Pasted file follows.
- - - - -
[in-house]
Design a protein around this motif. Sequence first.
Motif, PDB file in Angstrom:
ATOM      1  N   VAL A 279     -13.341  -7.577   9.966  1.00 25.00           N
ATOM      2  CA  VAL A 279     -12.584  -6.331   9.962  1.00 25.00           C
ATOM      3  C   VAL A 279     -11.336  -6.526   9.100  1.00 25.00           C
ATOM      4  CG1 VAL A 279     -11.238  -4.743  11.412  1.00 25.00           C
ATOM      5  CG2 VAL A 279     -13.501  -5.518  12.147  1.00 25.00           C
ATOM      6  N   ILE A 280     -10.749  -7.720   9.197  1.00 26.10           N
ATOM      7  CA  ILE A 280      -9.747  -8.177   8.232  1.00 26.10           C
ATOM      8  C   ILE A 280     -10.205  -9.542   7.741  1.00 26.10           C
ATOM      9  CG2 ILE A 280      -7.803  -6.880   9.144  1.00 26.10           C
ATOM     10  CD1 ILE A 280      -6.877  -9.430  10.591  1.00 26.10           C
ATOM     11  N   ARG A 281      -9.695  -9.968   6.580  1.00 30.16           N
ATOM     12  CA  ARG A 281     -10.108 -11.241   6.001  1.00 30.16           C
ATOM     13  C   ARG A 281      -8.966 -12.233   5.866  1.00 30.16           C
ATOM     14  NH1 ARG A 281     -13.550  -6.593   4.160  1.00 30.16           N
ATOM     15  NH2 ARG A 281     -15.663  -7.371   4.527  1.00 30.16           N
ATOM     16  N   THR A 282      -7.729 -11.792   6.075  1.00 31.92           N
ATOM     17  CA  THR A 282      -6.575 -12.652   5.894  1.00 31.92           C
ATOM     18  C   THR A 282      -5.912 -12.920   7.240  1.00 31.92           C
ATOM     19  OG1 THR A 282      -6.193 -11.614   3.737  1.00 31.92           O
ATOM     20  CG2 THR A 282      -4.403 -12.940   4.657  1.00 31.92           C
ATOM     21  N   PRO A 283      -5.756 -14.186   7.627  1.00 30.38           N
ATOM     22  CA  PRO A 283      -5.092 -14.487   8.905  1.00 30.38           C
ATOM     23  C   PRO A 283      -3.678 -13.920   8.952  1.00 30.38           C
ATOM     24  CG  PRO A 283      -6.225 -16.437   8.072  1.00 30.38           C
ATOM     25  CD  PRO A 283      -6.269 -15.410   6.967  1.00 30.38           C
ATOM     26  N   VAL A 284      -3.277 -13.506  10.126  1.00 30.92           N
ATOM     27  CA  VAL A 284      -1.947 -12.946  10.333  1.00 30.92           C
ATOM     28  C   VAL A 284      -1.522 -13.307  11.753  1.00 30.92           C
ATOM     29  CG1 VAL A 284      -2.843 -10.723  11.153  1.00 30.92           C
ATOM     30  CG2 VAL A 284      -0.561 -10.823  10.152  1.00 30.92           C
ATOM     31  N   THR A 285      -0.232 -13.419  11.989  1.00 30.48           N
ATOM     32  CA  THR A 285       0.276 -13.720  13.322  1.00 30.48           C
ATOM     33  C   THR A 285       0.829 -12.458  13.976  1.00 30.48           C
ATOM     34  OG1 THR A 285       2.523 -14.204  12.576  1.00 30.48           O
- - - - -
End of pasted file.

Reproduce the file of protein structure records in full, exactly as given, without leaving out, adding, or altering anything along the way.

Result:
[in-house]
Design a protein around this motif. Sequence first.
Motif, PDB file in Angstrom:
ATOM      1  N   VAL A 279     -13.341  -7.577   9.966  1.00 25.00           N
ATOM      2  CA  VAL A 279     -12.584  -6.331   9.962  1.00 25.00           C
ATOM      3  C   VAL A 279     -11.336  -6.526   9.100  1.00 25.00           C
ATOM      4  CG1 VAL A 279     -11.238  -4.743  11.412  1.00 25.00           C
ATOM      5  CG2 VAL A 279     -13.501  -5.518  12.147  1.00 25.00           C
ATOM      6  N   ILE A 280     -10.749  -7.720   9.197  1.00 26.10           N
ATOM      7  CA  ILE A 280      -9.747  -8.177   8.232  1.00 26.10           C
ATOM      8  C   ILE A 280     -10.205  -9.542   7.741  1.00 26.10           C
ATOM      9  CG2 ILE A 280      -7.803  -6.880   9.144  1.00 26.10           C
ATOM     10  CD1 ILE A 280      -6.877  -9.430  10.591  1.00 26.10           C
ATOM     11  N   ARG A 281      -9.695  -9.968   6.580  1.00 30.16           N
ATOM     12  CA  ARG A 281     -10.108 -11.241   6.001  1.00 30.16           C
ATOM     13  C   ARG A 281      -8.966 -12.233   5.866  1.00 30.16           C
ATOM     14  NH1 ARG A 281     -13.550  -6.593   4.160  1.00 30.16           N
ATOM     15  NH2 ARG A 281     -15.663  -7.371   4.527  1.00 30.16           N
ATOM     16  N   THR A 282      -7.729 -11.792   6.075  1.00 31.92           N
ATOM     17  CA  THR A 282      -6.575 -12.652   5.894  1.00 31.92           C
ATOM     18  C   THR A 282      -5.912 -12.920   7.240  1.00 31.92           C
ATOM     19  OG1 THR A 282      -6.193 -11.614   3.737  1.00 31.92           O
ATOM     20  CG2 THR A 282      -4.403 -12.940   4.657  1.00 31.92           C
ATOM     21  N   PRO A 283      -5.756 -14.186   7.627  1.00 30.38           N
ATOM     22  CA  PRO A 283      -5.092 -14.487   8.905  1.00 30.38           C
ATOM     23  C   PRO A 283      -3.678 -13.920   8.952  1.00 30.38           C
ATOM     24  CG  PRO A 283      -6.225 -16.437   8.072  1.00 30.38           C
ATOM     25  CD  PRO A 283      -6.269 -15.410   6.967  1.00 30.38           C
ATOM     26  N   VAL A 284      -3.277 -13.506  10.126  1.00 30.92           N
ATOM     27  CA  VAL A 284      -1.947 -12.946  10.333  1.00 30.92           C
ATOM     28  C   VAL A 284      -1.522 -13.307  11.753  1.00 30.92           C
ATOM     29  CG1 VAL A 284      -2.843 -10.723  11.153  1.00 30.92           C
ATOM     30  CG2 VAL A 284      -0.561 -10.823  10.152  1.00 30.92           C
ATOM     31  N   THR A 285      -0.232 -13.419  11.989  1.00 30.48           N
ATOM     32  CA  THR A 285       0.276 -13.720  13.322  1.00 30.48           C
ATOM     33  C   THR A 285       0.829 -12.458  13.976  1.00 30.48           C
ATOM     34  OG1 THR A 285       2.523 -14.204  12.576  1.00 30.48           O